Everything must be made into a sweeping analogy. And his instinct for grandiosity is so pronounced that only a small group of recurring subjects are fit for the comparisons that he offers. Would anyone other than Newt Gingrich respond to failing to get on a ballot by asking, "Okay, what's the historical analogy?" Even the "the" is perfect -- as if there is one definitive analogy that fits….
Knowing Gingrich regards Pearl Harbor as "the analogy" for effectively losing Virginia, what comparison will he think appropriate if he loses the entire campaign. The Bataan Death March? Lincoln's tragic night at the theater? The fall of Rome? Or maybe he'll win, and God help us if so. Has there ever been a politician more inclined to make history? In a president of the United States, that is a dangerous impulse.
There's actually a serious point here, as Conor observes. For all his love of history-- or his love of himself as an historian-- Gingrich's use of history is remarkably shallow, and really consists of a kind of Mad Libs consisting of the Revolutionary War, the Civil War (how many people has Gingrich challenged to "a series of Lincoln-Douglas debates"?), and the Cold War; comparisons of himself to Washington, Reagan, and Thatcher; and apocalyptic language that would have warmed the hearts of Leo Strauss or Nostradamus.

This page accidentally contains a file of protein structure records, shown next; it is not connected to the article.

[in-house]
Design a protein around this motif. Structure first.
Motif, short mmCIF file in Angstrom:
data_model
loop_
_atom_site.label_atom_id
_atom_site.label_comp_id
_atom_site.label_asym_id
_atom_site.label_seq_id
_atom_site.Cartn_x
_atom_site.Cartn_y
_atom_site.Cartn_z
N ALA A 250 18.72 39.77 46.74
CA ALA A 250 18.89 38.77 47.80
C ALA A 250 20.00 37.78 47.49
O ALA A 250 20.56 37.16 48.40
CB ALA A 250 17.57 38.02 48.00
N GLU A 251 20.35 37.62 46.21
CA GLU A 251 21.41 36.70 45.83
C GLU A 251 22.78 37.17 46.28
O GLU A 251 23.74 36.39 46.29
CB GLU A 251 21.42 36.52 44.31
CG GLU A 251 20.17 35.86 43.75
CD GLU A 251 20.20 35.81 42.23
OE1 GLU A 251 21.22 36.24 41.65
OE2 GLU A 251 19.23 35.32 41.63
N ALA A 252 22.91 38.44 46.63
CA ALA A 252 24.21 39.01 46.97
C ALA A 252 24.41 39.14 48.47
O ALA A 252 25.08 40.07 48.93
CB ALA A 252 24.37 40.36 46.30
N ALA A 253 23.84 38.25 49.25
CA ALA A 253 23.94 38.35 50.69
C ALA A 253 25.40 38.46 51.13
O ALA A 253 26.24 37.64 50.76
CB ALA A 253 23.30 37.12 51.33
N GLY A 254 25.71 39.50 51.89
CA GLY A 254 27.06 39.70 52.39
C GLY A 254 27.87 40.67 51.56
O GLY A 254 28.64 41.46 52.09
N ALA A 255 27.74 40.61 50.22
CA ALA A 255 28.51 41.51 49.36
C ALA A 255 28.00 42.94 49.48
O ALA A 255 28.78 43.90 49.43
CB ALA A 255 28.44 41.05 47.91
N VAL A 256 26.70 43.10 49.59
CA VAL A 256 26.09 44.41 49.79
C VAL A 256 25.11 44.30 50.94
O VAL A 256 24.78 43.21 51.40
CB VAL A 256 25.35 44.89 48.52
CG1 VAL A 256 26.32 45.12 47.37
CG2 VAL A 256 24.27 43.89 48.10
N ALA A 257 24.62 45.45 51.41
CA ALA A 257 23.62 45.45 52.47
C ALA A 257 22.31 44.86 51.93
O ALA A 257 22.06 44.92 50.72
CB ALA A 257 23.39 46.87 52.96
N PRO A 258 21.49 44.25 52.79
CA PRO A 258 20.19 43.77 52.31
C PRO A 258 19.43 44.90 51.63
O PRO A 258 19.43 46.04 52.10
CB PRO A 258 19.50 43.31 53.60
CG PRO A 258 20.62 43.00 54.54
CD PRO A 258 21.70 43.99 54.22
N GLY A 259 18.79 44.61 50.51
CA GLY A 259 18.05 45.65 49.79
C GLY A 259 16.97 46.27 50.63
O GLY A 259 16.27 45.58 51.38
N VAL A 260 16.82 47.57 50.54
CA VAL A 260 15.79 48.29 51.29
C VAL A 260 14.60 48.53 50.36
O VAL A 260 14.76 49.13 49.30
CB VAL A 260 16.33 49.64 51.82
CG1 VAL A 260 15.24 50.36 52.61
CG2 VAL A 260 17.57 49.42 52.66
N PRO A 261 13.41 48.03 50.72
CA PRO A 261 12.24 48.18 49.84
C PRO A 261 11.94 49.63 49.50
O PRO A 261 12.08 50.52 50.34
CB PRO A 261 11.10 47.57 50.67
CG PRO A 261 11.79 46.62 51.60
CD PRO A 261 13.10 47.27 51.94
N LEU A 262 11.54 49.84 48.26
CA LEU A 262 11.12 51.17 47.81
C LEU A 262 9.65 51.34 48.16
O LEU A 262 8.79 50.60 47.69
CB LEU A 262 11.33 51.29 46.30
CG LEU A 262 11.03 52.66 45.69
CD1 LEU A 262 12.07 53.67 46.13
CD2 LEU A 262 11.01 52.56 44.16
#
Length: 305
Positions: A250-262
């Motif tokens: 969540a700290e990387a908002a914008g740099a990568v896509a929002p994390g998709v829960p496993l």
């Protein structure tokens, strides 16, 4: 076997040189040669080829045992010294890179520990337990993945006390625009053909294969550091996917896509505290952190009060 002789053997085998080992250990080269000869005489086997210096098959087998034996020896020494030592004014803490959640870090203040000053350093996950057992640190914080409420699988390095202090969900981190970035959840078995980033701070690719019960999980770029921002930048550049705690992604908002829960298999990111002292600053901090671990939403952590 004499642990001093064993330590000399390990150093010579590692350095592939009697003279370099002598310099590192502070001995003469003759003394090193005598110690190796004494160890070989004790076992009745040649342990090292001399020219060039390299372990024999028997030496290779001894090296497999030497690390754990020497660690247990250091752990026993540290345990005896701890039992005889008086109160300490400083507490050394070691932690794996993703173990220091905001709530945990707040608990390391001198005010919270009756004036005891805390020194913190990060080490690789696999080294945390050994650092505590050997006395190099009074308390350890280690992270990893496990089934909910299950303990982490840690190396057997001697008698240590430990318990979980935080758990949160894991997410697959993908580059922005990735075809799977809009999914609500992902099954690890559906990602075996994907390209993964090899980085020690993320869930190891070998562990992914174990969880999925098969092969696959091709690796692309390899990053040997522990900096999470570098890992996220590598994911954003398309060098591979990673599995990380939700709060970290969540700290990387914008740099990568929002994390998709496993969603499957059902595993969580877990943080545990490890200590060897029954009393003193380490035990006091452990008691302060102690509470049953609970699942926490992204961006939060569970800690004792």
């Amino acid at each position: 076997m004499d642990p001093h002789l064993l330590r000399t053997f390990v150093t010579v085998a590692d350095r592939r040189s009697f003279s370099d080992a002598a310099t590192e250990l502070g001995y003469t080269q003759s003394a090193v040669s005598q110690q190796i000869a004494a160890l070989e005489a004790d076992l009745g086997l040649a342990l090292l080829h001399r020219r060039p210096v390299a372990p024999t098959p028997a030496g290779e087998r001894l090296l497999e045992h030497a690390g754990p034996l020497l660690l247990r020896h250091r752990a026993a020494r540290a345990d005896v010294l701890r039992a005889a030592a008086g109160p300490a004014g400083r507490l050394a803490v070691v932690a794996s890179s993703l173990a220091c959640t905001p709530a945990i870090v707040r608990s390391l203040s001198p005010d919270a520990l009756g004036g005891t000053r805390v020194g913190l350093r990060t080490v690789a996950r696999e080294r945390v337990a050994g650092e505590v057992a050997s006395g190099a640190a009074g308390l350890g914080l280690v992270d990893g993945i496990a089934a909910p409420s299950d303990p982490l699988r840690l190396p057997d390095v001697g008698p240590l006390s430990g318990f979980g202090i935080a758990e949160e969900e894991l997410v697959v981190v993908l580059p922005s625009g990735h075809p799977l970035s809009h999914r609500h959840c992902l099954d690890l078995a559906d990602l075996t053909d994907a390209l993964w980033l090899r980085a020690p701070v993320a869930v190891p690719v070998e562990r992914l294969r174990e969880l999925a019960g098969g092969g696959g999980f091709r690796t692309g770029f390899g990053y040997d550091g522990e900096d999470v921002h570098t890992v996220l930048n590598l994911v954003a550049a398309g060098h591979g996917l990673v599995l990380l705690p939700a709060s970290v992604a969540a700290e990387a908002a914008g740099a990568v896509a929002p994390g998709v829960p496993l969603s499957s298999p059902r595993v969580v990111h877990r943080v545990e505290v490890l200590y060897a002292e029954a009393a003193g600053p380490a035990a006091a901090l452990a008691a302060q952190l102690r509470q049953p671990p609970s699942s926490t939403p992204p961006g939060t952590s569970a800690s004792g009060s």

He truly is a stupid person's idea of what a smart person is like.
Also, this handy flow chart.